The focus of C.S.D. 85-25 was a PCBA produced by assembling in excess of 50 discrete fabricated components (e.g., resistors, capacitors, diodes, transistors, integrated circuits, sockets, connectors) onto a PCB. Customs determined that the assembly of the PCBA involved a large number of components and a significant number of different operations, required a relatively significant period of time as well as skill, attention to detail, and quality control.

Using the standards defined in C.S.D. 85-25, it is our opinion that the production of the bows is not a complex and meaningful assembly operation and, therefore, does not result in a substantial transformation. In addition, we believe that no substantial transformation results in those situations in which the ribbon is cut to length prior to assembly. In HRL 555878 dated June 19, 1991, Customs held that cutting fabric to length and width did not constitute a substantial transformation. Since the bows do not undergo a substantial transformation in Mexico, they would not be considered "products of" Mexico, and, therefore, are ineligible for duty-free treatment under the GSP.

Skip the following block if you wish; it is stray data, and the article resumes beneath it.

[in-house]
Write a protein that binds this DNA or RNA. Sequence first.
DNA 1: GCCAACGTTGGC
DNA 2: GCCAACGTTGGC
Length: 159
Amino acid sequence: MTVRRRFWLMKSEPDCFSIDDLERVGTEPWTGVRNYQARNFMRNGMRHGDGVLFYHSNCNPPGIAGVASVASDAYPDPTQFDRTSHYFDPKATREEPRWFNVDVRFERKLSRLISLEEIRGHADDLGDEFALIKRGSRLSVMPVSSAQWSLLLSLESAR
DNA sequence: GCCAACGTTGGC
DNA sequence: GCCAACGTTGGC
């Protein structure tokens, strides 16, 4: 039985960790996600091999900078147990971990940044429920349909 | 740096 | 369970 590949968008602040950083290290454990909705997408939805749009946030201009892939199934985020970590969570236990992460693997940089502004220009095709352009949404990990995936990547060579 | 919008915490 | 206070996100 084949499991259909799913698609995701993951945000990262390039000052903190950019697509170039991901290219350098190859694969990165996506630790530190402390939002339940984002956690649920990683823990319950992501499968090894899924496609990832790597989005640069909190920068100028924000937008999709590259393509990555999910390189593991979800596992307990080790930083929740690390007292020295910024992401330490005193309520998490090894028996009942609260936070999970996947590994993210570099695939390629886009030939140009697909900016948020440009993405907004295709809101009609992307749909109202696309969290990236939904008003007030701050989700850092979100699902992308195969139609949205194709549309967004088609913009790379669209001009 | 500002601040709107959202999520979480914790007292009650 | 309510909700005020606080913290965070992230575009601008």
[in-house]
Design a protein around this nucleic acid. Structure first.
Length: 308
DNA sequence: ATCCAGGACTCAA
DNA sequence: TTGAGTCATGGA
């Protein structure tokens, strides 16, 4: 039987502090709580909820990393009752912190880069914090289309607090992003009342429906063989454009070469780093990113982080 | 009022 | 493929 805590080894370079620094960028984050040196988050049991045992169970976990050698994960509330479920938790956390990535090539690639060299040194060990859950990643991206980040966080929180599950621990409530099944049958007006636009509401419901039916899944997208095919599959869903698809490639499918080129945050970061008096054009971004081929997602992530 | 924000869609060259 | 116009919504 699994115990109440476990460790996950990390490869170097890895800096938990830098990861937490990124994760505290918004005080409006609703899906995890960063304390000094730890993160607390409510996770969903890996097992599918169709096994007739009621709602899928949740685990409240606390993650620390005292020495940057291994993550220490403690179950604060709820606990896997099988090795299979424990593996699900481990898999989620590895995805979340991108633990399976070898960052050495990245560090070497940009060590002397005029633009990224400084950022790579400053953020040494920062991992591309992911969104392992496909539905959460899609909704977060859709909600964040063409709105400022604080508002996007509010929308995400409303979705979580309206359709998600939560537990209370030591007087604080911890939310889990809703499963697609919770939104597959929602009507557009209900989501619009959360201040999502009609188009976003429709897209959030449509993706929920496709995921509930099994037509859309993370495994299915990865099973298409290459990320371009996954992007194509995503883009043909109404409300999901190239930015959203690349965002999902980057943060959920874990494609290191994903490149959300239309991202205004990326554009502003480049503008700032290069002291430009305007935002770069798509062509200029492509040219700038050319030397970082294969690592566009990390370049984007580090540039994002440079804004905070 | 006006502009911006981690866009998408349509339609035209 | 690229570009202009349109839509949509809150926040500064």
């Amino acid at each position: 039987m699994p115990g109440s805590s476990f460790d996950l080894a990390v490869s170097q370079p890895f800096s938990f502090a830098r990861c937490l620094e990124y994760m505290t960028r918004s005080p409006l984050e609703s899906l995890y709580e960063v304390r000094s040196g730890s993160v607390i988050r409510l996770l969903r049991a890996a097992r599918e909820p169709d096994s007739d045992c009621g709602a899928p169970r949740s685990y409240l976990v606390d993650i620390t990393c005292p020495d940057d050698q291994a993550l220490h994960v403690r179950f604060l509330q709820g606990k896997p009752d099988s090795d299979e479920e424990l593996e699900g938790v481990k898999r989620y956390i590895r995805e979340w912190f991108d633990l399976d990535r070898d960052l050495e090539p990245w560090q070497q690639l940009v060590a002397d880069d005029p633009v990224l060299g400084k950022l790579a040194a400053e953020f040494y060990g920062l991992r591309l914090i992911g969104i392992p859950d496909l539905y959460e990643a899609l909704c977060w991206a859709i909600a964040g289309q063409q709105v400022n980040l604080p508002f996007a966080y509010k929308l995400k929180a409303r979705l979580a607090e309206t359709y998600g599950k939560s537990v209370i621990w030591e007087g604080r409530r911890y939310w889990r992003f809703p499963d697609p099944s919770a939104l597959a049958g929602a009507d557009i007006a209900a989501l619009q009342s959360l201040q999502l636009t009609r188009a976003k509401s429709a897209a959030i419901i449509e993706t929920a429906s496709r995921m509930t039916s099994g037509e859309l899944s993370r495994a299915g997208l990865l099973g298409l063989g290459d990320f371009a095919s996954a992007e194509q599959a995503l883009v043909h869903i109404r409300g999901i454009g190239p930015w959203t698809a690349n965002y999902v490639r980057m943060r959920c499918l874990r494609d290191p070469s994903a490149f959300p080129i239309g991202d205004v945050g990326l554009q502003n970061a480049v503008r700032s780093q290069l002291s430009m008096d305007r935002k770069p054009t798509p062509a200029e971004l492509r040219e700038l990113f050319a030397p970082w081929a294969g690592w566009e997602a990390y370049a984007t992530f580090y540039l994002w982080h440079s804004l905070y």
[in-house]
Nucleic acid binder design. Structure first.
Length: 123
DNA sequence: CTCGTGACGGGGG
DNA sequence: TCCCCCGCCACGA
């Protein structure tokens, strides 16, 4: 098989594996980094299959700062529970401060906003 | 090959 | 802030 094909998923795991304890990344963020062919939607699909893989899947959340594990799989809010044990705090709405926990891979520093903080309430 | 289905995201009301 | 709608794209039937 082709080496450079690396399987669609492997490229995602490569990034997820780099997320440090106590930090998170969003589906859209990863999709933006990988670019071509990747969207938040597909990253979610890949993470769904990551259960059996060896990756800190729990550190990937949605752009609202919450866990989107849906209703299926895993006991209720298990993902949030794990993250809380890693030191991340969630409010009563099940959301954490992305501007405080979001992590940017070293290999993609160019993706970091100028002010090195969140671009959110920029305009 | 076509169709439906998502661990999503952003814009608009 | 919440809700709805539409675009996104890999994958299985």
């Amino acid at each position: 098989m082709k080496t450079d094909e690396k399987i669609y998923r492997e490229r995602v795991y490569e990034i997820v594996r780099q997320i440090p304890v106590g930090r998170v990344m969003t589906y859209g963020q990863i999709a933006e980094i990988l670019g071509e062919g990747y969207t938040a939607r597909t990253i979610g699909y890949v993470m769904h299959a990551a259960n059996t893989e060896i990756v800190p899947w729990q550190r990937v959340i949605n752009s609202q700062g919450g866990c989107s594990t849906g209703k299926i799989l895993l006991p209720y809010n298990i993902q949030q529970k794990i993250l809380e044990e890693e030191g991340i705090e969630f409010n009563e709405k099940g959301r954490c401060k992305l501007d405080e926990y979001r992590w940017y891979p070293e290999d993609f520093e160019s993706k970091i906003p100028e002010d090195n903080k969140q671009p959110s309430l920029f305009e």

2. Eligibility under subheading 9802.00.80. HTSUSA.

Subheading 9802.00.80, HTSUSA, provides a partial duty exemption for:

[a]rticles assembled abroad in whole or in part of fabricated components, the product of the United States, which (a) were exported in condition ready for assembly without further fabrication, (b) have not lost their physical identity in such articles by change in form, shape, or otherwise, and (c) have not been advanced in value or improved in condition abroad except by being assembled and except by operations incidental to the assembly process, such as cleaning, lubrication, and painting.